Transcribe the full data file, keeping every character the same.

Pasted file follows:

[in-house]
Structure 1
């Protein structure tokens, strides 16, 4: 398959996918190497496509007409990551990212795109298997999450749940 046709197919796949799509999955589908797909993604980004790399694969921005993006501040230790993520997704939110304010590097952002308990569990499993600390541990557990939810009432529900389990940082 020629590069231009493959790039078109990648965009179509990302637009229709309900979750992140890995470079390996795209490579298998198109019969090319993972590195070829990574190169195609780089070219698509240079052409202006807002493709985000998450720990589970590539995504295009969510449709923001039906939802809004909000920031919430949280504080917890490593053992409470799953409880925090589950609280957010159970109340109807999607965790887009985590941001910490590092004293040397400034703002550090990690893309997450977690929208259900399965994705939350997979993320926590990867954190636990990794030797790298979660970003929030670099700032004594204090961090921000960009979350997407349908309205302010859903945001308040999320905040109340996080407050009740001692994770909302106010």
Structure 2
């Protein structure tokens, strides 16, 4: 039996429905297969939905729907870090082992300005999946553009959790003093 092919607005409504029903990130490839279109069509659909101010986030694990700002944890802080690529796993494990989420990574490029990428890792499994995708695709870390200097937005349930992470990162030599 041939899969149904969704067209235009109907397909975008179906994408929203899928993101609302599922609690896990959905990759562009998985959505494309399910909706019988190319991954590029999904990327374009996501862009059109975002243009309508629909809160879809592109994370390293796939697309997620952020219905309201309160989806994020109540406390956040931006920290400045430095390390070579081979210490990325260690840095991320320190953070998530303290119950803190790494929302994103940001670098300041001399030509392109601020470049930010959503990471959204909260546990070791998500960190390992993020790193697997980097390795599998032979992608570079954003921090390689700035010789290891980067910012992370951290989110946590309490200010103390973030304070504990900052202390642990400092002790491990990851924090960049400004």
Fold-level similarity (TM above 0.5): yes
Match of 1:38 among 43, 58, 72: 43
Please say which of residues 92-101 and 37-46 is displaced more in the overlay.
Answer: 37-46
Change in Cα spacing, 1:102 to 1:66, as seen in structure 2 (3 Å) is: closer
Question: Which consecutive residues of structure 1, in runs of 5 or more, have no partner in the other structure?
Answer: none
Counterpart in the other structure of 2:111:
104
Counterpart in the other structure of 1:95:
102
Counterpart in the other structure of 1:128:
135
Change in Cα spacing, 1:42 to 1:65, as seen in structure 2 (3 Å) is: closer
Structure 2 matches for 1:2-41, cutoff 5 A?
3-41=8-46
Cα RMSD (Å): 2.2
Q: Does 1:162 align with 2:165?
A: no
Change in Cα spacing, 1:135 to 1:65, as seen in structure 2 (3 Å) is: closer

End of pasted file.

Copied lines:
[in-house]
Structure 1
């Protein structure tokens, strides 16, 4: 398959996918190497496509007409990551990212795109298997999450749940 046709197919796949799509999955589908797909993604980004790399694969921005993006501040230790993520997704939110304010590097952002308990569990499993600390541990557990939810009432529900389990940082 020629590069231009493959790039078109990648965009179509990302637009229709309900979750992140890995470079390996795209490579298998198109019969090319993972590195070829990574190169195609780089070219698509240079052409202006807002493709985000998450720990589970590539995504295009969510449709923001039906939802809004909000920031919430949280504080917890490593053992409470799953409880925090589950609280957010159970109340109807999607965790887009985590941001910490590092004293040397400034703002550090990690893309997450977690929208259900399965994705939350997979993320926590990867954190636990990794030797790298979660970003929030670099700032004594204090961090921000960009979350997407349908309205302010859903945001308040999320905040109340996080407050009740001692994770909302106010």
Structure 2
């Protein structure tokens, strides 16, 4: 039996429905297969939905729907870090082992300005999946553009959790003093 092919607005409504029903990130490839279109069509659909101010986030694990700002944890802080690529796993494990989420990574490029990428890792499994995708695709870390200097937005349930992470990162030599 041939899969149904969704067209235009109907397909975008179906994408929203899928993101609302599922609690896990959905990759562009998985959505494309399910909706019988190319991954590029999904990327374009996501862009059109975002243009309508629909809160879809592109994370390293796939697309997620952020219905309201309160989806994020109540406390956040931006920290400045430095390390070579081979210490990325260690840095991320320190953070998530303290119950803190790494929302994103940001670098300041001399030509392109601020470049930010959503990471959204909260546990070791998500960190390992993020790193697997980097390795599998032979992608570079954003921090390689700035010789290891980067910012992370951290989110946590309490200010103390973030304070504990900052202390642990400092002790491990990851924090960049400004």
Fold-level similarity (TM above 0.5): yes
Match of 1:38 among 43, 58, 72: 43
Please say which of residues 92-101 and 37-46 is displaced more in the overlay.
Answer: 37-46
Change in Cα spacing, 1:102 to 1:66, as seen in structure 2 (3 Å) is: closer
Question: Which consecutive residues of structure 1, in runs of 5 or more, have no partner in the other structure?
Answer: none
Counterpart in the other structure of 2:111:
104
Counterpart in the other structure of 1:95:
102
Counterpart in the other structure of 1:128:
135
Change in Cα spacing, 1:42 to 1:65, as seen in structure 2 (3 Å) is: closer
Structure 2 matches for 1:2-41, cutoff 5 A?
3-41=8-46
Cα RMSD (Å): 2.2
Q: Does 1:162 align with 2:165?
A: no
Change in Cα spacing, 1:135 to 1:65, as seen in structure 2 (3 Å) is: closer